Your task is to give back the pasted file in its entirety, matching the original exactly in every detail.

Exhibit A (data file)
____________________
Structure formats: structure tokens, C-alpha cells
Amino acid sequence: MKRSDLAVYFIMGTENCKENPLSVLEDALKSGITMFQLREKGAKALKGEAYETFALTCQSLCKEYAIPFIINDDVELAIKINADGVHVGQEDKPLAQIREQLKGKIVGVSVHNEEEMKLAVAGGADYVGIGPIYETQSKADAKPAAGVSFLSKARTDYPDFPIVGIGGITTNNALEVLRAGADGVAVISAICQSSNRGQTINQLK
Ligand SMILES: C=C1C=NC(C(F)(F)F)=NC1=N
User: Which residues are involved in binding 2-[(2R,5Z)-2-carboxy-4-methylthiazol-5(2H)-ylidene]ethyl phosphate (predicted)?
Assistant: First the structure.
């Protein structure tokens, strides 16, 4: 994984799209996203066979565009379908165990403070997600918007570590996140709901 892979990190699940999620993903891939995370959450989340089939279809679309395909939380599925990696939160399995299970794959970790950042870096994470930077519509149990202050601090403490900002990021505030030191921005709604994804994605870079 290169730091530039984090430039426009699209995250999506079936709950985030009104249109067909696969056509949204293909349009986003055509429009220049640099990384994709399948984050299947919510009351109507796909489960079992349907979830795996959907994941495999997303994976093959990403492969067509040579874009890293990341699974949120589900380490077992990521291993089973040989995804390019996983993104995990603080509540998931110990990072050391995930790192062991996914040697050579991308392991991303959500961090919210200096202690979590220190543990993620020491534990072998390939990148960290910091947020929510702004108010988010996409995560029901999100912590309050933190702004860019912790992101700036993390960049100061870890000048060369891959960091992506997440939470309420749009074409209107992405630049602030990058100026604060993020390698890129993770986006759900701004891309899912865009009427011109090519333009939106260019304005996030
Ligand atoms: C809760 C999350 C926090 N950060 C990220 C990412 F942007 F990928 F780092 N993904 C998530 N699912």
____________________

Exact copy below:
Structure formats: structure tokens, C-alpha cells
Amino acid sequence: MKRSDLAVYFIMGTENCKENPLSVLEDALKSGITMFQLREKGAKALKGEAYETFALTCQSLCKEYAIPFIINDDVELAIKINADGVHVGQEDKPLAQIREQLKGKIVGVSVHNEEEMKLAVAGGADYVGIGPIYETQSKADAKPAAGVSFLSKARTDYPDFPIVGIGGITTNNALEVLRAGADGVAVISAICQSSNRGQTINQLK
Ligand SMILES: C=C1C=NC(C(F)(F)F)=NC1=N
User: Which residues are involved in binding 2-[(2R,5Z)-2-carboxy-4-methylthiazol-5(2H)-ylidene]ethyl phosphate (predicted)?
Assistant: First the structure.
């Protein structure tokens, strides 16, 4: 994984799209996203066979565009379908165990403070997600918007570590996140709901 892979990190699940999620993903891939995370959450989340089939279809679309395909939380599925990696939160399995299970794959970790950042870096994470930077519509149990202050601090403490900002990021505030030191921005709604994804994605870079 290169730091530039984090430039426009699209995250999506079936709950985030009104249109067909696969056509949204293909349009986003055509429009220049640099990384994709399948984050299947919510009351109507796909489960079992349907979830795996959907994941495999997303994976093959990403492969067509040579874009890293990341699974949120589900380490077992990521291993089973040989995804390019996983993104995990603080509540998931110990990072050391995930790192062991996914040697050579991308392991991303959500961090919210200096202690979590220190543990993620020491534990072998390939990148960290910091947020929510702004108010988010996409995560029901999100912590309050933190702004860019912790992101700036993390960049100061870890000048060369891959960091992506997440939470309420749009074409209107992405630049602030990058100026604060993020390698890129993770986006759900701004891309899912865009009427011109090519333009939106260019304005996030
Ligand atoms: C809760 C999350 C926090 N950060 C990220 C990412 F942007 F990928 F780092 N993904 C998530 N699912």